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Gallup: Biden approval hits all-time low

Updated July 29, 2022 - 5:03 pm

WASHINGTON – President Joe Biden’s approval ratings are at an all-time low, prompting Democrats to question whether he should seek a second term and what impact his flagging popularity will have on the midterm elections, particularly in key states like Nevada.

A spate of recent national public opinion polls show Biden ratings plunging lower than those recorded for any recent president – and going back historically to the slump Harry Truman experienced.

Truman had a job approval rating of 22 percent in February 1952, according to the Gallup records.

A new Gallup poll released Friday showed Biden with a new personal low job approval rating of just 38 percent, the first time Gallup has measured him below 40 percent. His job-approval rating has fallen from 57 percent recorded in January 2021, when he was sworn into office.

According to the poll — taken July 5-26, with a margin of error of plus-or-minus 4 percentage points — 59 percent of people disapprove of Biden’s handling of his job, with 45 percent “strongly” disapproving. While Biden still enjoys support from 78 percent of Democrats, just 31 percent of independents and 5 percent of Republicans approve of his job performance.

Another poll finds things even worse: Biden’s approval rating of 31 percent in a Quinnipiac University poll last week surpassed the 33-percent low mark of predecessor Donald Trump in late 2017.

Similar low ratings appeared in other national polls. The Real Clear Politics average this week put his job-approval rating at 38.1 percent, with 56.5 percent disapproving.

In the Quinnipiac poll, disapproval for Biden was highest among Republicans, 94 percent, and independents, 67 percent, while approval was highest among Democrats, 71 percent. The poll was conducted July 14-18 had a margin of error of plus-or-minus- 2.7 percentage points.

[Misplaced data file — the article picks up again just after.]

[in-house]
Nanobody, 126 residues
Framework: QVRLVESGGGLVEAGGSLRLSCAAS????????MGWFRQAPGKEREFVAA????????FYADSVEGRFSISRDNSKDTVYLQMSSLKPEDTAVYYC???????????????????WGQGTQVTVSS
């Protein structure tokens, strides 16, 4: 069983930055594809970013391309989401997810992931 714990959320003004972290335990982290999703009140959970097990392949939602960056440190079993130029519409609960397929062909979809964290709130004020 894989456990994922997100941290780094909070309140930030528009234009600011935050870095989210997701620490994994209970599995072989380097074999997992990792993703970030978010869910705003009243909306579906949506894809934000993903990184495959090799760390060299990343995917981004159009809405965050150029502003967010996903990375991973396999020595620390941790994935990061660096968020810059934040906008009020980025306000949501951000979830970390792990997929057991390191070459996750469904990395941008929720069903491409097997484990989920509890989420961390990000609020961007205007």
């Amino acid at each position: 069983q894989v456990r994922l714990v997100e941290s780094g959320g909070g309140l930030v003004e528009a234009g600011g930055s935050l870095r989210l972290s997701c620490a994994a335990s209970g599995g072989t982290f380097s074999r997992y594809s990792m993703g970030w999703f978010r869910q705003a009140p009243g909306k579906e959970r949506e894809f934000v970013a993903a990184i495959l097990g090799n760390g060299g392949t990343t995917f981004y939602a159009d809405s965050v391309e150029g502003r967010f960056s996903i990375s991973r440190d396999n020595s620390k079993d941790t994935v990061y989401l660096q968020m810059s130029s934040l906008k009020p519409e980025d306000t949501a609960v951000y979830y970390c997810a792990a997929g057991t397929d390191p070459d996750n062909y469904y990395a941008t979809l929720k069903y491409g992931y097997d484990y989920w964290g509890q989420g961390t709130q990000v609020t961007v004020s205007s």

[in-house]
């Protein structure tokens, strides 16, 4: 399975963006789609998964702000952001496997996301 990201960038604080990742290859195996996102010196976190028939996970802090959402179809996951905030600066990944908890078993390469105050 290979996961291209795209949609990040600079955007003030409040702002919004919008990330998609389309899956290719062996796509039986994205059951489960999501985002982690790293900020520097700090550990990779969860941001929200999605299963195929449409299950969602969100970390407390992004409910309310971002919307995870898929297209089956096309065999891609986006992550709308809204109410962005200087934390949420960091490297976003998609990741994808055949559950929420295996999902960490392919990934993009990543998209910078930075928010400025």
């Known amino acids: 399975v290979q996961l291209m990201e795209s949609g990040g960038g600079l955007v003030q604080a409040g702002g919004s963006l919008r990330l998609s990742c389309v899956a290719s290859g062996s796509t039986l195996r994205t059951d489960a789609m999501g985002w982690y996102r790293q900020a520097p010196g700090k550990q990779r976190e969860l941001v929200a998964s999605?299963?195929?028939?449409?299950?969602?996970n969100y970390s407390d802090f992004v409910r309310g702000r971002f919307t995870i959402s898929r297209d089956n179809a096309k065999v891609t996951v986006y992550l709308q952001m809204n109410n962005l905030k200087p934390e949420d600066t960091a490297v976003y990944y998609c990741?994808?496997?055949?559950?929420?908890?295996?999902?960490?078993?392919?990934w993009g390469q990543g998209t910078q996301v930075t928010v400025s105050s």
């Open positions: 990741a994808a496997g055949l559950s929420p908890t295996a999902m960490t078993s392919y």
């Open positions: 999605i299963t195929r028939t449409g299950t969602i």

Disease, war and gas prices

Biden’s support coincides with several events and issues.

“A trying late summer and early fall 2021, marked by a surge in new coronavirus cases, the troubled U.S. withdrawal from Afghanistan, and rapidly increasing gas prices and inflation, led to a decline in Biden’s public support,” wrote Jeffery Jones, Gallup senior editor following release of an earlier poll.

The steep slide for Biden coincides with the highest rate of inflation in 40 years — a fact underscored by Republicans, who claim it was caused by spending bills the White House pushed through Congress after inauguration two years ago.

White House aides are quick to counter that inflation is high globally. Biden cannot be blamed for inflation in other countries also experiencing skyrocketing costs for food, energy, commodities and goods, aides told reporters this week.

The International Monetary Fund on Tuesday cut growth projections for 2022-2023 citing global inflation, economic slowdown in China and the ongoing war in Ukraine.

Still, the rate of inflation in the United States accelerated to 9.1 percent in June, according to the U.S. Bureau of Labor Statistics.

Inflation erodes the buying power of consumers, who in the United States are struggling to keep up with purchases of food, gas and other necessities.

Recession fears

While economists warn of a recession because of slowed economic growth, Biden administration officials argue the high rate of employment defies the definition of recession.

“We’re not going to be in a recession, in my view,” Biden told reporters this week during a virtual appearance at a White House event this week as he recovered from COVID-19.

Critics accuse the president and his White House aides of redefining “recession” as the economic forecasts call for a gloomy future with interest rates rising and stock market declines.

Senate Minority Leader Mitch McConnell, R-Ky., laid the blame on the president, and sought to associate the misfortunes to “every Senate and House Democrat” who wants to follow a Biden-led spending spree and inflation “with massive new tax hikes.”